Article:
It is an attractive source market for MSC, he said. ‘There are some challenges, although geopolitical instability seems to be easing up and the East Med holds great promise and we want to go back to these destinations,’ Darr added.
Edie Rodriguez, Americas brand chair and corporate special advisor, Ponant, said her company is ‘committed to the Med’.
Ponant is returning to Turkey and the Black Sea and is expecting to call at least one time in all 72 Medcruise member ports. The line will have nine ships in the fleet by November 2021 and then a further three coming.
Le Ponant to become charter-only yacht
Rodriguez also revealed that the brand’s Le Ponant three-masted sailing vessel will be refitted in May 2020 and transformed into a charter-only yacht with 16 suites. It will launch at the Cannes Film Festival.
Michel Nestour, VP global port and destination development EuroMed, Carnival Corp. & plc, said ‘a great majority’ of the company's 104 ships sail in the Mediterranean, including the first LNG-powered cruise ship vessel, AIDAnova.
Richard Vogel, president and CEO, Pullmantur Cruises, quipped, ‘We have a consistent investment in the Med by always being in the Med.’
Moderator Virginia López, CEO, Cruises News Media Group noted the cruise industry has been under scrutiny recently due to overtourism, but cruising represents only 2% of tourism. So why is it in the spotlight?
Darr referenced the recent memorandum of understanding that Cruise Lines International Association signed with Dubrovnik and the new berthing policy ‘which helps disperse guests better', but he reminded, 'there is not a one size fits all policy solution for all ports.'
Vogel said overtourism issues are ‘homemade’ — ports are accepting more and more ships, adding: 'Dialogue with the destination is needed and consultation with local people is key.’
Rodriguez said ‘Press don’t help, one incident does not a bad industry maketh.’
She urged the industry to expand the seasons, look at year-round cruising and get the local citizens on board by involving them with activities in port.
Opportunities in East Med and North Africa
Opportunities in the cruise industry were the focus of a later session moderated by Figen Ayen, director for professional development, MedCruise.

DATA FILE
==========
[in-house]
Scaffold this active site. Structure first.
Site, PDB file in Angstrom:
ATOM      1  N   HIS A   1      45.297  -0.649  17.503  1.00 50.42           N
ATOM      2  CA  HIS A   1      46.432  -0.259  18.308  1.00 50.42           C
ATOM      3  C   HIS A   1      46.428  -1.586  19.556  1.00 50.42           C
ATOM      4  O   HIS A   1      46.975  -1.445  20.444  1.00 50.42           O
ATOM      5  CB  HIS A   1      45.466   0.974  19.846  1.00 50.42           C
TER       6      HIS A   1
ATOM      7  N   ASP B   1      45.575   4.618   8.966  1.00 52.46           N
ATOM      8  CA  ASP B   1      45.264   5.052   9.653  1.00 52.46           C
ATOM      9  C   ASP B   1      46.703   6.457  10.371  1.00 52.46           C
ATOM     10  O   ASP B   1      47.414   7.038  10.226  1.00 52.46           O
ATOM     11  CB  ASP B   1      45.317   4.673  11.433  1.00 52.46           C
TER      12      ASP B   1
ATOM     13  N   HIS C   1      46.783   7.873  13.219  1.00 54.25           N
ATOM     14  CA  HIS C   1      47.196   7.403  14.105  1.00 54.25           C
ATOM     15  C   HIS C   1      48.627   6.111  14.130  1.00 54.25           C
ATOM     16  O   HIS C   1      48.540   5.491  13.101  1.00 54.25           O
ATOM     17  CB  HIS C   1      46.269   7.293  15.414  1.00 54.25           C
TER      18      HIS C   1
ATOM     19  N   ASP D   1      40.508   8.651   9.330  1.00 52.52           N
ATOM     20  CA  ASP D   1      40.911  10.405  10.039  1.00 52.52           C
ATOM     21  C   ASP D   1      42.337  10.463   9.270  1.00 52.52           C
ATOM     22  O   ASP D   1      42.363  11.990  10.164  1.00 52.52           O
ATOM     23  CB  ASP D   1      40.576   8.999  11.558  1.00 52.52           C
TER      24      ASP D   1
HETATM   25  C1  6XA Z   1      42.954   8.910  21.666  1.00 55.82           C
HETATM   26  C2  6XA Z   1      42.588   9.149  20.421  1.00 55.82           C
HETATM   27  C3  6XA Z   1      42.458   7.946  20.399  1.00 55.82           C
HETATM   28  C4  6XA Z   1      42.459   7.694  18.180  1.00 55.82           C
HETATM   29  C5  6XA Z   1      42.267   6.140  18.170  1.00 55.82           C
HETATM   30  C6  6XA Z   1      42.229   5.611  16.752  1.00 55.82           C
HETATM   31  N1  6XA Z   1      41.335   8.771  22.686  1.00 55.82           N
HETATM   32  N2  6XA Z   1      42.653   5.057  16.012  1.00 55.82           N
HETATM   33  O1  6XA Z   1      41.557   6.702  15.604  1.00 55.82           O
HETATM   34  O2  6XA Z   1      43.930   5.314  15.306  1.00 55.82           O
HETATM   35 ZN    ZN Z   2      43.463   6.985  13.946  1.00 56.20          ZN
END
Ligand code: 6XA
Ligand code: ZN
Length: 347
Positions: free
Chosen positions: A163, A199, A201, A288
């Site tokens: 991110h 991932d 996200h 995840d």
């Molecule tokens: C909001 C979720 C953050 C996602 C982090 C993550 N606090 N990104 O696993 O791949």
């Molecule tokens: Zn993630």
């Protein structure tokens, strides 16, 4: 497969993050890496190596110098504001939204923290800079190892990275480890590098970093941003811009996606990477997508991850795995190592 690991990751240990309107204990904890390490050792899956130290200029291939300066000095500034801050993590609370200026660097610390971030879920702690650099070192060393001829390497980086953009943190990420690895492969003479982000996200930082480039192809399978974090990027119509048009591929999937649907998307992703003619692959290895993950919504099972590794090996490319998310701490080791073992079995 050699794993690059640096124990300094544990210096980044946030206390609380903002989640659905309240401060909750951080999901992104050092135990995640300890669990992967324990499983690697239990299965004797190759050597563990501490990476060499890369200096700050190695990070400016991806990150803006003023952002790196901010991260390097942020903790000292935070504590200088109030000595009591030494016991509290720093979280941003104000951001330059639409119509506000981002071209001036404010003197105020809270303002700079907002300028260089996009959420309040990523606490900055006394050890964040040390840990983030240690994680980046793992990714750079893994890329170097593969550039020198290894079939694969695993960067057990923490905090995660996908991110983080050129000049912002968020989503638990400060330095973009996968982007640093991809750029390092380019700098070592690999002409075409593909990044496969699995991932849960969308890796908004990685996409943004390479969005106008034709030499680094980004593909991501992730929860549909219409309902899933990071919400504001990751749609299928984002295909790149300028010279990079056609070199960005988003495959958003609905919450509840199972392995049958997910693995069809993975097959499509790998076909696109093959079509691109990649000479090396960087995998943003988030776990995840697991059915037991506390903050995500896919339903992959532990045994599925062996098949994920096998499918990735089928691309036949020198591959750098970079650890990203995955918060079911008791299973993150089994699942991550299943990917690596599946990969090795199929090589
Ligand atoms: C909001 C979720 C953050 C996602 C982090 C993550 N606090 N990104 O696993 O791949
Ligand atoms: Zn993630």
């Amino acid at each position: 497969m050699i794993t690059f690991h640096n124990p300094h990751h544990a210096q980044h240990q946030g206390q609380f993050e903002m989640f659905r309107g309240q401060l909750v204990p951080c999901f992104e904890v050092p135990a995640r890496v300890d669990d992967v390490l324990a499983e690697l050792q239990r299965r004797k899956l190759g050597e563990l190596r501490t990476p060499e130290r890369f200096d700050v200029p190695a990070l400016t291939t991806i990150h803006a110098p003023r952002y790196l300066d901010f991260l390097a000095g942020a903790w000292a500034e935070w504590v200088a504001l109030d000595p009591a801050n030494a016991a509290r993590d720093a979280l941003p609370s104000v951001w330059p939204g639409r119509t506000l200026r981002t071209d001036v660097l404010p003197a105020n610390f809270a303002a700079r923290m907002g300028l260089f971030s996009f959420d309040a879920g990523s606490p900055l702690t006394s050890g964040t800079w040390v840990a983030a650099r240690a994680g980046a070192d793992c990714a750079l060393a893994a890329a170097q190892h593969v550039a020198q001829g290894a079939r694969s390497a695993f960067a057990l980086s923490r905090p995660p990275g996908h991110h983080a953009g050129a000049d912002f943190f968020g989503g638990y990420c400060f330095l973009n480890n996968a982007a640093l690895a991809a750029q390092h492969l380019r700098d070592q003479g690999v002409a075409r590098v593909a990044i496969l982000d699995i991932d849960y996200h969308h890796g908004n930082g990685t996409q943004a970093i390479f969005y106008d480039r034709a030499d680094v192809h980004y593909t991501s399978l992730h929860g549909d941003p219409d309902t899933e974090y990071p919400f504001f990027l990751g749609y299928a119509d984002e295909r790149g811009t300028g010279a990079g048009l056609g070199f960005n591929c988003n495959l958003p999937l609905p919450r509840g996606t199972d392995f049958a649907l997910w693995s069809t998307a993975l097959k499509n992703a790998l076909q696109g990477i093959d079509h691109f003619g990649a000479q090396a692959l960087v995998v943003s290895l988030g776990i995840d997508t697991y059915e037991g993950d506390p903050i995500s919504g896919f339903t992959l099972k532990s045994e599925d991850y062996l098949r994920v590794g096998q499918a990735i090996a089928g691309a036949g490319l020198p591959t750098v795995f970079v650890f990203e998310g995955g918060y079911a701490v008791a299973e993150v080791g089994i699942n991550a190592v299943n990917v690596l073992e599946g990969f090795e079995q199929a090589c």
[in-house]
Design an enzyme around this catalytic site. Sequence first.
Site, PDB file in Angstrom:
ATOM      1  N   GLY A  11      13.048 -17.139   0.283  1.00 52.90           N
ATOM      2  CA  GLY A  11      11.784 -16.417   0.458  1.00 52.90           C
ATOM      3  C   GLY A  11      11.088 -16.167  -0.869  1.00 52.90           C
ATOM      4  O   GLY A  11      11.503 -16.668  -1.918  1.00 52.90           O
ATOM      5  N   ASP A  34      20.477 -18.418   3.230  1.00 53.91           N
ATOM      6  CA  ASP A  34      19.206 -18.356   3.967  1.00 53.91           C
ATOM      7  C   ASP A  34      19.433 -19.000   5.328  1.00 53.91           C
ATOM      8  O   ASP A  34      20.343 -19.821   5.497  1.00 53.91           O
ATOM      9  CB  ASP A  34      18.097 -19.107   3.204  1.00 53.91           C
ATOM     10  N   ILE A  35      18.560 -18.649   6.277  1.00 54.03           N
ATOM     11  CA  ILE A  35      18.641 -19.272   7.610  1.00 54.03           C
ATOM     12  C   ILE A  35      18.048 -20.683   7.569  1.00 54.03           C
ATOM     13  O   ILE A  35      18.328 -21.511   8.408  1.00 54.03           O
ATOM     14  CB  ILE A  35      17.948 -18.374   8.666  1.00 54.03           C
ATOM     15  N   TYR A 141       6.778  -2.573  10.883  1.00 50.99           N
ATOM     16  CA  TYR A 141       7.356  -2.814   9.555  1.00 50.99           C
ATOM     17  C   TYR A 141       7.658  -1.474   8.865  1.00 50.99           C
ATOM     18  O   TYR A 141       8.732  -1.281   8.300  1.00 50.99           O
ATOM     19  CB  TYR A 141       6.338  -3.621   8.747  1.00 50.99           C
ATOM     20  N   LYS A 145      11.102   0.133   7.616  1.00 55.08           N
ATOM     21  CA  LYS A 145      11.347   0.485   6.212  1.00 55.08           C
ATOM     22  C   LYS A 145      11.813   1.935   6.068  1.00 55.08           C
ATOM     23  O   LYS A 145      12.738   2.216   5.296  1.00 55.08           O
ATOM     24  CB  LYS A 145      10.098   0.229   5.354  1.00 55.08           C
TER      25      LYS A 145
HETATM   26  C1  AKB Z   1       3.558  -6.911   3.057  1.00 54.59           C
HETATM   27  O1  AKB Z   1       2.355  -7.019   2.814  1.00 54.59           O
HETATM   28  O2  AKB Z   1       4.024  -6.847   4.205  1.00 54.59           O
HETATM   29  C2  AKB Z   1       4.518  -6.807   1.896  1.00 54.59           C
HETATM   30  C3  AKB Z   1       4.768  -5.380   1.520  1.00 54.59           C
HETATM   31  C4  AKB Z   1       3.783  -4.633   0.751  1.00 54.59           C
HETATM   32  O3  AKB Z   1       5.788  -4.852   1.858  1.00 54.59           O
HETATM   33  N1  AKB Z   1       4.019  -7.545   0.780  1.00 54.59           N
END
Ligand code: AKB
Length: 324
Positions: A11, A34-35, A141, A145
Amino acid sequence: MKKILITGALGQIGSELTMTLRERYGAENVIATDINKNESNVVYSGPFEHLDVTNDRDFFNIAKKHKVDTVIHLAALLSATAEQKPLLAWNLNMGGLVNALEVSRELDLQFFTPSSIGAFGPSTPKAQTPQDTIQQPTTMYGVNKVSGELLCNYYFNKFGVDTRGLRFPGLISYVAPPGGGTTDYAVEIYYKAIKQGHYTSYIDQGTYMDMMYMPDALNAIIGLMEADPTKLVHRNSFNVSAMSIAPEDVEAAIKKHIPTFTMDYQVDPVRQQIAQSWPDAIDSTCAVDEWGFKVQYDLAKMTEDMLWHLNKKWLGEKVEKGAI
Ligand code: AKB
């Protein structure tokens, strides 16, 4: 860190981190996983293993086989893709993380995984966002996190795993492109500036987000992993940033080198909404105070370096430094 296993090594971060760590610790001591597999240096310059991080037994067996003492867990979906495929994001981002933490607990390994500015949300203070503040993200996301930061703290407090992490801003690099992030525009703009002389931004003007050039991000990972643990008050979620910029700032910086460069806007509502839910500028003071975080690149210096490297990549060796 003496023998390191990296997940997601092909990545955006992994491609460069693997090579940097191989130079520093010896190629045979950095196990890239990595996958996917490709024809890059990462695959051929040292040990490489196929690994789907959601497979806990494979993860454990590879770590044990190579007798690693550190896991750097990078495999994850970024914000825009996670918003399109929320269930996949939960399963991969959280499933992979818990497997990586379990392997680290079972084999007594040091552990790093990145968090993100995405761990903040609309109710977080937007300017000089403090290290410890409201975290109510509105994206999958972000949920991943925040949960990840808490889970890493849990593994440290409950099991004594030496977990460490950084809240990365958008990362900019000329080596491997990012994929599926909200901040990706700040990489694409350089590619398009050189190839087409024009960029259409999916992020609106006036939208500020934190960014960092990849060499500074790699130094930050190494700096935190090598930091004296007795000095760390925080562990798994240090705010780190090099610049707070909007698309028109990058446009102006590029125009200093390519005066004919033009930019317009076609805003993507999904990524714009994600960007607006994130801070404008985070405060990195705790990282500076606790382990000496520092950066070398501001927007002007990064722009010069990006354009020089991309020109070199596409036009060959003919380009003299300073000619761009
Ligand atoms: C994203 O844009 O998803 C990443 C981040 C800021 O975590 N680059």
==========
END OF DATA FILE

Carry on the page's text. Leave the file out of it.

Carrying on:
Neil Duncan, head of trading & planning, Marella Cruises, stated that whilst the Greek islands and Adriatic itineraries are the most popular in the Mediterranean, ‘East Med, Turkey and Africa all provide opportunities.' He urged the ports and destinations to 'continue to educate cruise lines about their culture and heritage and demonstrate their strong proposition.’
In previous years Marella homeported in Marmaris, Turkey, and Duncan thinks confidence is coming back. ‘Istanbul is on 2020 itineraries – interest is definitely there from passengers,’ he noted.
Vassilios Gazikas, marine operations director, Celestyal Cruises, sees potential in North Africa ‘if the area stabilises further’, whilst Federico Bartoli, itinerary planning director, Costa Cruises, and Silja Eisbein, itinerary manager, TUI Cruises, both felt confidence in slowly returning to visit Tunisia, Israel, Egypt and Algeria.
One of the plenary sessions focused on environmental issues heard from director of the Port of Cannes, Eric Barrat, who presented the charter drawn up by Cannes City Hall and the Nice Côte d’Azur CCI to reduce the environmental impact of visiting cruise ships.
'MedCruise Association fully supports any environmental initiative and green action promoted by any of the ports in the region and encourages all its members to work together for a greener industry and a sustainable growth,' said Airam Diaz Pastor, president, MedCruise.